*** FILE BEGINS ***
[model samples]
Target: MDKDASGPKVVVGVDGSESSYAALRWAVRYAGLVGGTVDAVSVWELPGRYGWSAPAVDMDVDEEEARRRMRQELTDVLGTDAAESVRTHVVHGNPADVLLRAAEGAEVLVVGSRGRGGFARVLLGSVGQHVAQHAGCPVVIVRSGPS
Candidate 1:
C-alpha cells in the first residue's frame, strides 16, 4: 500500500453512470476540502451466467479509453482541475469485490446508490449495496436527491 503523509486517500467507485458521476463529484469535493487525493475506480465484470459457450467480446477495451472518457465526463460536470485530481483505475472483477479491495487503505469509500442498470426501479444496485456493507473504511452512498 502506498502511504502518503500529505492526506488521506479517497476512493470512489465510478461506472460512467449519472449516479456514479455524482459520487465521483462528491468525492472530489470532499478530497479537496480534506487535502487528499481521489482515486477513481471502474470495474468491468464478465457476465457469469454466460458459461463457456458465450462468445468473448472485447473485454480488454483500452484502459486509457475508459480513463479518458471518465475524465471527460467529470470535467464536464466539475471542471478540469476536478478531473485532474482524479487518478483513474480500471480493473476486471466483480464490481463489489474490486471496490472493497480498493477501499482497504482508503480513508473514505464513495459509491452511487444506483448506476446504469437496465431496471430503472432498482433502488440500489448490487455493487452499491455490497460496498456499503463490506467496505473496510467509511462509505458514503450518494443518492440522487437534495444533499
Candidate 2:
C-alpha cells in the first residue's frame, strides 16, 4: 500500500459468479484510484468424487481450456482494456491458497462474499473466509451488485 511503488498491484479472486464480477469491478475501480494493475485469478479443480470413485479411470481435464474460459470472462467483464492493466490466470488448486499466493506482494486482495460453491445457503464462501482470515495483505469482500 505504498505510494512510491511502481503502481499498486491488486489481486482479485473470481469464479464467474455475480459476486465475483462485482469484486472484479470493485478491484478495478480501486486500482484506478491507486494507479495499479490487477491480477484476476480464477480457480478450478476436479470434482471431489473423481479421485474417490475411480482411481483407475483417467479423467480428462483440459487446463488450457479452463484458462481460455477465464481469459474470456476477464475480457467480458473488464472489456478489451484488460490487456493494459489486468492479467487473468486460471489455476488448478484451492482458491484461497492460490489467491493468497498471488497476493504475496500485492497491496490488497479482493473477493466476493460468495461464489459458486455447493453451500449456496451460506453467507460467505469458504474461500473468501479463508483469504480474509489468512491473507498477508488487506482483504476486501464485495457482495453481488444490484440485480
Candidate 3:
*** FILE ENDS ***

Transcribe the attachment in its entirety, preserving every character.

[model samples]
Target: MDKDASGPKVVVGVDGSESSYAALRWAVRYAGLVGGTVDAVSVWELPGRYGWSAPAVDMDVDEEEARRRMRQELTDVLGTDAAESVRTHVVHGNPADVLLRAAEGAEVLVVGSRGRGGFARVLLGSVGQHVAQHAGCPVVIVRSGPS
Candidate 1:
C-alpha cells in the first residue's frame, strides 16, 4: 500500500453512470476540502451466467479509453482541475469485490446508490449495496436527491 503523509486517500467507485458521476463529484469535493487525493475506480465484470459457450467480446477495451472518457465526463460536470485530481483505475472483477479491495487503505469509500442498470426501479444496485456493507473504511452512498 502506498502511504502518503500529505492526506488521506479517497476512493470512489465510478461506472460512467449519472449516479456514479455524482459520487465521483462528491468525492472530489470532499478530497479537496480534506487535502487528499481521489482515486477513481471502474470495474468491468464478465457476465457469469454466460458459461463457456458465450462468445468473448472485447473485454480488454483500452484502459486509457475508459480513463479518458471518465475524465471527460467529470470535467464536464466539475471542471478540469476536478478531473485532474482524479487518478483513474480500471480493473476486471466483480464490481463489489474490486471496490472493497480498493477501499482497504482508503480513508473514505464513495459509491452511487444506483448506476446504469437496465431496471430503472432498482433502488440500489448490487455493487452499491455490497460496498456499503463490506467496505473496510467509511462509505458514503450518494443518492440522487437534495444533499
Candidate 2:
C-alpha cells in the first residue's frame, strides 16, 4: 500500500459468479484510484468424487481450456482494456491458497462474499473466509451488485 511503488498491484479472486464480477469491478475501480494493475485469478479443480470413485479411470481435464474460459470472462467483464492493466490466470488448486499466493506482494486482495460453491445457503464462501482470515495483505469482500 505504498505510494512510491511502481503502481499498486491488486489481486482479485473470481469464479464467474455475480459476486465475483462485482469484486472484479470493485478491484478495478480501486486500482484506478491507486494507479495499479490487477491480477484476476480464477480457480478450478476436479470434482471431489473423481479421485474417490475411480482411481483407475483417467479423467480428462483440459487446463488450457479452463484458462481460455477465464481469459474470456476477464475480457467480458473488464472489456478489451484488460490487456493494459489486468492479467487473468486460471489455476488448478484451492482458491484461497492460490489467491493468497498471488497476493504475496500485492497491496490488497479482493473477493466476493460468495461464489459458486455447493453451500449456496451460506453467507460467505469458504474461500473468501479463508483469504480474509489468512491473507498477508488487506482483504476486501464485495457482495453481488444490484440485480
Candidate 3: